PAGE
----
The 2020 Ig Nobel Prize for Acoustics was awarded to Stephan Reber, Takeshi Nishimura, Judith Janisch, Mark Robertson, and Tecumseh Fitch, for inducing a female Chinese alligator to bellow in an airtight chamber filled with helium-enriched air. They documented that research, in this study:


We are releasing The Ig Informal Lectures, one at a time, here on, and on YouTube. Here are the release dates:

  • November 26th, 2020: Economics
  • December 3rd, 2020: Psychology
  • December 17th, 2020: Medicine
  • December 24th, 2020: Physics
  • December 31st, 2020: Entomology
  • January 7th, 2021: Acoustics
  • February 4, 2021: Materials Science

Smiling and grimacing can reduce needle injection pain [study]

Monday, January 4th, 2021

Bearing in mind that the number of medical injections might soon be increasing, and that some find them painful, a question can arise – ‘What are the options for minimizing the pain of a medical injection?’ Have you considered holding a chopstick in your mouth (to induce a fake smile) or maybe grimacing?

Sarah Pressman,  [not pictured, see note 1 below] who is Professor of Psychological Science at the University of California, Irvine, and Principal Investigator of the Stress, Emotion & Physical Health Lab (STEP) has co-authored a recent paper which describes experiments aimed at reducing needle injection pain – by manipulating facial expressions.

“Expression was covertly manipulated via cover story and chopstick placement in the mouth.”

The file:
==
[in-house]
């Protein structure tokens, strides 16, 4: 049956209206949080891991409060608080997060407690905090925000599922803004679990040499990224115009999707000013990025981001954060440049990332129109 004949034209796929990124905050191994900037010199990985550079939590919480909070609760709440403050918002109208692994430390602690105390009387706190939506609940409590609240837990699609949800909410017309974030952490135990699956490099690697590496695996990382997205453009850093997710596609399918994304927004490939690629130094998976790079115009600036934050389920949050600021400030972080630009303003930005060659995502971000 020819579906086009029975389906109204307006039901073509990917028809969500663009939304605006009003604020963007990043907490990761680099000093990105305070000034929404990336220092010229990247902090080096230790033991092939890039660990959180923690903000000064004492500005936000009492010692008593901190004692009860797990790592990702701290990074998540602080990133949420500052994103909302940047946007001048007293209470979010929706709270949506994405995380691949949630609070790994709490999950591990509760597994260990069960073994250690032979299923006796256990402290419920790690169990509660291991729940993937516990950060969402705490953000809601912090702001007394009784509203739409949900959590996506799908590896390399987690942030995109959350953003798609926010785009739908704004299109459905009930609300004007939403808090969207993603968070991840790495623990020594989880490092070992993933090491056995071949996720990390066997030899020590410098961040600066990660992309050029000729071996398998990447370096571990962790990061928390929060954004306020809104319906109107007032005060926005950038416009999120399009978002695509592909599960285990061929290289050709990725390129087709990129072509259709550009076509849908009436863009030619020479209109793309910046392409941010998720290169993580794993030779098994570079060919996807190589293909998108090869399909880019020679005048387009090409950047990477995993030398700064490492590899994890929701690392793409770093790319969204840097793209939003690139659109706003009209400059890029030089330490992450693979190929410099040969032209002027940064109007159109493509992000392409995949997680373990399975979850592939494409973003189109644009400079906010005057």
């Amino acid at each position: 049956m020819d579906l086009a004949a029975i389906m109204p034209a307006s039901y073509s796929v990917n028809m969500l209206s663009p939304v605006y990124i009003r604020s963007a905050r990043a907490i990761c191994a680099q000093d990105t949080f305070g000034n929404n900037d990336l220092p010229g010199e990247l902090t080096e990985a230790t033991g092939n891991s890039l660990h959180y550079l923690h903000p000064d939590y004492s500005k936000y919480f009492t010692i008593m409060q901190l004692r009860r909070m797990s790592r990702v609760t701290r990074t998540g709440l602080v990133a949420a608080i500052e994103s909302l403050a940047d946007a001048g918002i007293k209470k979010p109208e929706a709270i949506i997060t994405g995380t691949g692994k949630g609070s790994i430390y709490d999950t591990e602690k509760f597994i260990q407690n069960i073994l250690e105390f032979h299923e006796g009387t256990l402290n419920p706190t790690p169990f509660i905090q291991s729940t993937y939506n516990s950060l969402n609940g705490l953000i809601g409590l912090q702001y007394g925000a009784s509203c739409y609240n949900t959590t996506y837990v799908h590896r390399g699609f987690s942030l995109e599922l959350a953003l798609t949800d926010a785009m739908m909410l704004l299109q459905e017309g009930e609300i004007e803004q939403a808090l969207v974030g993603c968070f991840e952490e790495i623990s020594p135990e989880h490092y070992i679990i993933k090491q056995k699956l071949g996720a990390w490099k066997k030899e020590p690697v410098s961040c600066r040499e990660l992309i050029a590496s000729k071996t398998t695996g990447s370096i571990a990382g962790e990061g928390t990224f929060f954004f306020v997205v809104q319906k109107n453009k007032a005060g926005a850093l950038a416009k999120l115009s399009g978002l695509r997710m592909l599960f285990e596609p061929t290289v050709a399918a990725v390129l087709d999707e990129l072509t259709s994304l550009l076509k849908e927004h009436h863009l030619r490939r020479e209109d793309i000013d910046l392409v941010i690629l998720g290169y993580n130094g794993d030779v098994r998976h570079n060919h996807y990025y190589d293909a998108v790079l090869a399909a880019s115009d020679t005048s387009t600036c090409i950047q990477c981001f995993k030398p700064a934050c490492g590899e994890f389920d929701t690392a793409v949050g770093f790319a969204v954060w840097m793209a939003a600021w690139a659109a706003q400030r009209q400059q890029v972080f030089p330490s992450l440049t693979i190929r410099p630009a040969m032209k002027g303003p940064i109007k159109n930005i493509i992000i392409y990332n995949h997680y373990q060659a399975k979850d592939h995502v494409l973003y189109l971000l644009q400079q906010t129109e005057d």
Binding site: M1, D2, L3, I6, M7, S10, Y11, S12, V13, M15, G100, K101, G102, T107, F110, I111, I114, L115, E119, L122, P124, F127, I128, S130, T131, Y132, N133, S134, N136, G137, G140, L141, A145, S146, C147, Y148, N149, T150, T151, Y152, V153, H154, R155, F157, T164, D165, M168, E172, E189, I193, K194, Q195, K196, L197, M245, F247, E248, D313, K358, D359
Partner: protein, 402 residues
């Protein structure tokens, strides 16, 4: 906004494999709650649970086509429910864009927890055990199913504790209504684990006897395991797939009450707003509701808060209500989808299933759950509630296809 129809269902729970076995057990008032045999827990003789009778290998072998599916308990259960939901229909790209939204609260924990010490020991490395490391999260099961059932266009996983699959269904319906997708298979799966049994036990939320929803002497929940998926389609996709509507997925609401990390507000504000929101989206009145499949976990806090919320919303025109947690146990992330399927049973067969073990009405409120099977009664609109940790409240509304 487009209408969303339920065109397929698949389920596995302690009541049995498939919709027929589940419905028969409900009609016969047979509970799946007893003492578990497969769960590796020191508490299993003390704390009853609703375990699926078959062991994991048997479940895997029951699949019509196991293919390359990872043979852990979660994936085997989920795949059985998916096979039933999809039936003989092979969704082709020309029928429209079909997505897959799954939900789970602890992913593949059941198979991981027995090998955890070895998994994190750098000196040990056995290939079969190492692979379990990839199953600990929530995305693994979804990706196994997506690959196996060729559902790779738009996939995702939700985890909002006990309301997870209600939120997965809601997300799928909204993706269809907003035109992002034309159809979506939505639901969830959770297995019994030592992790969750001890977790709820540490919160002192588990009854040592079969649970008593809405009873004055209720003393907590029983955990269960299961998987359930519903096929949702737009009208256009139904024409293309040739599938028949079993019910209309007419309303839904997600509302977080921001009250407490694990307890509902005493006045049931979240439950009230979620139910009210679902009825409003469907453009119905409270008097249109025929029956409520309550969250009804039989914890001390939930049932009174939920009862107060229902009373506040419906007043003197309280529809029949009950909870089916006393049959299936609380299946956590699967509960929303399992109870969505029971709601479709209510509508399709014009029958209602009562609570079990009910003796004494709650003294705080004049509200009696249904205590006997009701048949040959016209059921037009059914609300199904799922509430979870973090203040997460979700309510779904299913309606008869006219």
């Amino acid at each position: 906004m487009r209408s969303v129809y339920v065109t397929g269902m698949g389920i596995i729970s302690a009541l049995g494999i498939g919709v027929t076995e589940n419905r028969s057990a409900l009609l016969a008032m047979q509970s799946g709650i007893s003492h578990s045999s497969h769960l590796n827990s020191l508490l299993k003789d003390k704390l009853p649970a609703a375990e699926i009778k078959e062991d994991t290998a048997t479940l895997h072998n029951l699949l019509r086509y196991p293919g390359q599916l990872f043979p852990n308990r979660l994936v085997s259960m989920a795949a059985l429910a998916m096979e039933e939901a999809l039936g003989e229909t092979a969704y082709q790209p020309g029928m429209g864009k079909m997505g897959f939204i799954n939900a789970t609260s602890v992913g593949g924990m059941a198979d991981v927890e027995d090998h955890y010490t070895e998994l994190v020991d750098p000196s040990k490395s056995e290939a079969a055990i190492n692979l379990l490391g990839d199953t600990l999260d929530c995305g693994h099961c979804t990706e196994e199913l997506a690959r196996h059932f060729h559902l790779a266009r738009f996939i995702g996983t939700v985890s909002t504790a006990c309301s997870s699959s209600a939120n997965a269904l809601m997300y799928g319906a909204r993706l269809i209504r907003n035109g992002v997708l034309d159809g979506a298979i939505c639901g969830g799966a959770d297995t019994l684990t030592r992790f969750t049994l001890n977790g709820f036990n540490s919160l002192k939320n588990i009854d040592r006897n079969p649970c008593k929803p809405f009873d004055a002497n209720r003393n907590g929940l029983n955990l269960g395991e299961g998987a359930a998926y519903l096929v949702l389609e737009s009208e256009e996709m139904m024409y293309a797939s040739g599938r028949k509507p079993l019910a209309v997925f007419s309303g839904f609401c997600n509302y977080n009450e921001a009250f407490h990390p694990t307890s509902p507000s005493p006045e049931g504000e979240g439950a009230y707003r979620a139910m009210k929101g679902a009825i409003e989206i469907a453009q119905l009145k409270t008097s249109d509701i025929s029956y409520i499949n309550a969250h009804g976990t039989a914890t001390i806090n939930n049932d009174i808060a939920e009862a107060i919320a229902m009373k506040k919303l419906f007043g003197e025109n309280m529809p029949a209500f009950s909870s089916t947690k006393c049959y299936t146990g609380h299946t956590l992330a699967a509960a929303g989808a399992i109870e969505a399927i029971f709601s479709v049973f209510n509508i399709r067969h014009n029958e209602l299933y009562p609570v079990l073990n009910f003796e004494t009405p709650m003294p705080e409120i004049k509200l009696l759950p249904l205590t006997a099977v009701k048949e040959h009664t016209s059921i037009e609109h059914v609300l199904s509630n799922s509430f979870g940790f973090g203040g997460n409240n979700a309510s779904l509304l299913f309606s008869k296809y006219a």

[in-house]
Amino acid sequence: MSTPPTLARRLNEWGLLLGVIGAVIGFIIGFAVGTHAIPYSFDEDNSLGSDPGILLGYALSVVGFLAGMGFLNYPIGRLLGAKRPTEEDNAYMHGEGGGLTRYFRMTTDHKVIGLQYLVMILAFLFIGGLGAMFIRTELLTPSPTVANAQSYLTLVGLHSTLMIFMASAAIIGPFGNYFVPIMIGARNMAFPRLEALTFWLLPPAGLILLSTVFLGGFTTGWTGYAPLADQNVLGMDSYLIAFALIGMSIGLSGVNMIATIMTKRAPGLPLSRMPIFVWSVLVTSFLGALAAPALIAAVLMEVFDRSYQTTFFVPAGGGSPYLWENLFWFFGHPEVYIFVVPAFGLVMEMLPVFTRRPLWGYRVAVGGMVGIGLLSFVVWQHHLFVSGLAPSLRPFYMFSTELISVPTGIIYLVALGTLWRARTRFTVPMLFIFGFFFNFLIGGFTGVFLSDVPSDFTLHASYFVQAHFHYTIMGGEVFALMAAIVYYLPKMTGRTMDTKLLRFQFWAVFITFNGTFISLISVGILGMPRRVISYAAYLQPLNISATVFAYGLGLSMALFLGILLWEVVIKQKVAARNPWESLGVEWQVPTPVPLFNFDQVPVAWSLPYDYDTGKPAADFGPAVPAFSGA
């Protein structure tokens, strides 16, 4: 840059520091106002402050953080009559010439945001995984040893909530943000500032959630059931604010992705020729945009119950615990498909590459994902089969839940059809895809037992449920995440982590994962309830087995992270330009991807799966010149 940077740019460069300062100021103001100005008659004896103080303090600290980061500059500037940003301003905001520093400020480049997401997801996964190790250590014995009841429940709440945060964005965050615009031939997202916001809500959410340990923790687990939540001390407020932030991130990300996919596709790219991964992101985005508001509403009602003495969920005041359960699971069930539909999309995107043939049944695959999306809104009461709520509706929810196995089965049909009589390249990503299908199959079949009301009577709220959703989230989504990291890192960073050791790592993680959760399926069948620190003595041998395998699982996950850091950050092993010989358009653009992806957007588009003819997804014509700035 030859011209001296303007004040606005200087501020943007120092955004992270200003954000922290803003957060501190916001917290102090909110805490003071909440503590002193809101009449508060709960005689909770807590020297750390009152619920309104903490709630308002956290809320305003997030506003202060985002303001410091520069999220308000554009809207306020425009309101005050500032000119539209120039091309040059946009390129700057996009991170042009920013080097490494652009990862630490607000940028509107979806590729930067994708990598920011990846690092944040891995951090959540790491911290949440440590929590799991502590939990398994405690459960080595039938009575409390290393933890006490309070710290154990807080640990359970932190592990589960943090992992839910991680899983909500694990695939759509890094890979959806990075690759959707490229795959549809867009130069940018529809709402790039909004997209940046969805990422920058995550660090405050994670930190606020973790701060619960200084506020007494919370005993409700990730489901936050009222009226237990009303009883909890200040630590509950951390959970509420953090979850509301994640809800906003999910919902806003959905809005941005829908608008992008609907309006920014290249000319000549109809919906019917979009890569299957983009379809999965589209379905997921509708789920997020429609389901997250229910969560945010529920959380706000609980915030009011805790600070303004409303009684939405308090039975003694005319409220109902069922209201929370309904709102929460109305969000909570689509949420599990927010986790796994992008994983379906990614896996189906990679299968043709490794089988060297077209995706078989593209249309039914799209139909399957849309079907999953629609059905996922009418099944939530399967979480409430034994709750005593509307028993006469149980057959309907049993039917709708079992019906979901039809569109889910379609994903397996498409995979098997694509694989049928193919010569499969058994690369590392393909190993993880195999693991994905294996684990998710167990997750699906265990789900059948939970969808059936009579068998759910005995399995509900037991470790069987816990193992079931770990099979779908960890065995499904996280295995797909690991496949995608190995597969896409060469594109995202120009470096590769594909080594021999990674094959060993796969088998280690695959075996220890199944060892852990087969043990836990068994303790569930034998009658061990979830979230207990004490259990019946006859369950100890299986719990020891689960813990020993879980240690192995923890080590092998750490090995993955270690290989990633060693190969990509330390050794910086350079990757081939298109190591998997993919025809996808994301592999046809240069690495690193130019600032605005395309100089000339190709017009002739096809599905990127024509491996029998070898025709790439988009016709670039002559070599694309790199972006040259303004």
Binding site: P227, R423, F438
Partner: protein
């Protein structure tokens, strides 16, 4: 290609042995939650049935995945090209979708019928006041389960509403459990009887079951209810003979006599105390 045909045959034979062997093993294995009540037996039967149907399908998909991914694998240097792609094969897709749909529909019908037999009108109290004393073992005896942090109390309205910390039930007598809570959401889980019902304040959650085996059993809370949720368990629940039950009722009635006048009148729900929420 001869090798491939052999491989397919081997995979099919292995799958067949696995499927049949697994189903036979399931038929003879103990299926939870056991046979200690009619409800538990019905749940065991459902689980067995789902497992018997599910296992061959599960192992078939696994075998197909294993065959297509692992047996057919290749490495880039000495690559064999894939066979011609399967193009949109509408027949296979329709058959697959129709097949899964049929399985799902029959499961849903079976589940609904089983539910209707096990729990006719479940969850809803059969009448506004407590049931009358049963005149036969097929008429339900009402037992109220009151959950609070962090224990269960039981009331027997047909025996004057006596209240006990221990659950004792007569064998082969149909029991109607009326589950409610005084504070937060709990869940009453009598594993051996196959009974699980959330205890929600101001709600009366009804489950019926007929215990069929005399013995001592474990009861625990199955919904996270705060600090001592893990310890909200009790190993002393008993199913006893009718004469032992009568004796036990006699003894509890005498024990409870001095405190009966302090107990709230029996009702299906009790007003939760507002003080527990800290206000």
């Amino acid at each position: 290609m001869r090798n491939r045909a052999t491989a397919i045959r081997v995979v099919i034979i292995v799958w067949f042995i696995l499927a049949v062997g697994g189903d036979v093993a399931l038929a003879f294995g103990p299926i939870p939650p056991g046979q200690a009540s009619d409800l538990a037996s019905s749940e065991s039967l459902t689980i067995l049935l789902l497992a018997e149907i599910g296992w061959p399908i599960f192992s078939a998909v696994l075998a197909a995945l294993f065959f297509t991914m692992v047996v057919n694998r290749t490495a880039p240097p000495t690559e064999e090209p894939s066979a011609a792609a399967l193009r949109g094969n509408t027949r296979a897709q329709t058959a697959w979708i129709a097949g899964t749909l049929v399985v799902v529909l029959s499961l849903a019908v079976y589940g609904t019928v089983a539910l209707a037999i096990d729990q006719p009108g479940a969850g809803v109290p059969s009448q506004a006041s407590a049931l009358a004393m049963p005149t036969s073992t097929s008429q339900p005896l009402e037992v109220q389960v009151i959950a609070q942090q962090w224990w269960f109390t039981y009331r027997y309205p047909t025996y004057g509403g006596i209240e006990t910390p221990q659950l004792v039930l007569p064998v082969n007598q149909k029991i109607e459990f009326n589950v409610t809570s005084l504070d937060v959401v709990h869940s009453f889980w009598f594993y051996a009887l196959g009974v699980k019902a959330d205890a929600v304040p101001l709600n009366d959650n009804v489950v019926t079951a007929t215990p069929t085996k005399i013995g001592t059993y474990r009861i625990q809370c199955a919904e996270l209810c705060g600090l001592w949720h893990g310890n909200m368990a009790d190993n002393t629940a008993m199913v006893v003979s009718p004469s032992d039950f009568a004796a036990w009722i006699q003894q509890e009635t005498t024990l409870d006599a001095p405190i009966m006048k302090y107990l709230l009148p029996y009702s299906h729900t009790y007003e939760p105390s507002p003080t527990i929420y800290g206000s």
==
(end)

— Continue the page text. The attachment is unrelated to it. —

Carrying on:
The experiments also investigated ‘grimacing’.

“Together, these findings indicate that both smiling and grimacing can improve subjective needle pain experiences, but Duchenne smiling may be better suited for blunting the stress-induced physiological responses of the body versus other facial expressions.”

See: Smile (or grimace) through the pain? The effects of experimentally manipulated facial expressions on needle-injection responses  Emotion, Pressman, S. D., Acevedo, A. M., Hammond, K. V., & Kraft-Feil, T. L. (2020)


[1] The photo is from a previous study also involving chopstick smiles, and also co-authored by Professor Pressman : Contrasting Experimentally Device-Manipulated and Device-Free Smiles  Front. Psychol., 15 October 2019.

[2] SmileSticks™ (an hygienic alternative to a chopstick, which were evaluated in the study above) can be purchased here

[3] The 2010 Ig Nobel Peace Prize was awarded to Richard Stephens, John Atkins, and Andrew Kingston of Keele University, UK, for confirming the widely held belief that swearing relieves pain.

Research research by Martin Gardiner

The Enduring Appeal of Crunchiness

Friday, January 1st, 2021

“Outside the academy, the paper [“The Role of Auditory Cues in Modulating the Perceived Crispness and Staleness of Potato Chips“] failed to generate any interest until 2008, when its authors were awarded the Ig Nobel Prize for Nutrition. The Ig Nobels are intended to “honor achievements that make people laugh, and then think,” but media coverage of Spence’s win focussed mostly on the former, with headlines that ranged from “boffin gives eaters sound advice” to “why research that?!” At first glance, the “sonic chip” experiment, as Spence fondly refers to it, does seem trivial. In reality, it was an elegant psychological trick, offering insight into the way the brain combines two separate sensory inputs—the crunching sound and the tactile oral sensation of a potato chip—into one multisensory perception. Spence lists the honor at the top of his curriculum vitae.”

—from the report “Accounting for Taste,” by Nicola Twilley, in The New Yorker magazine,  October 26, 2015

Here is some detail from the study: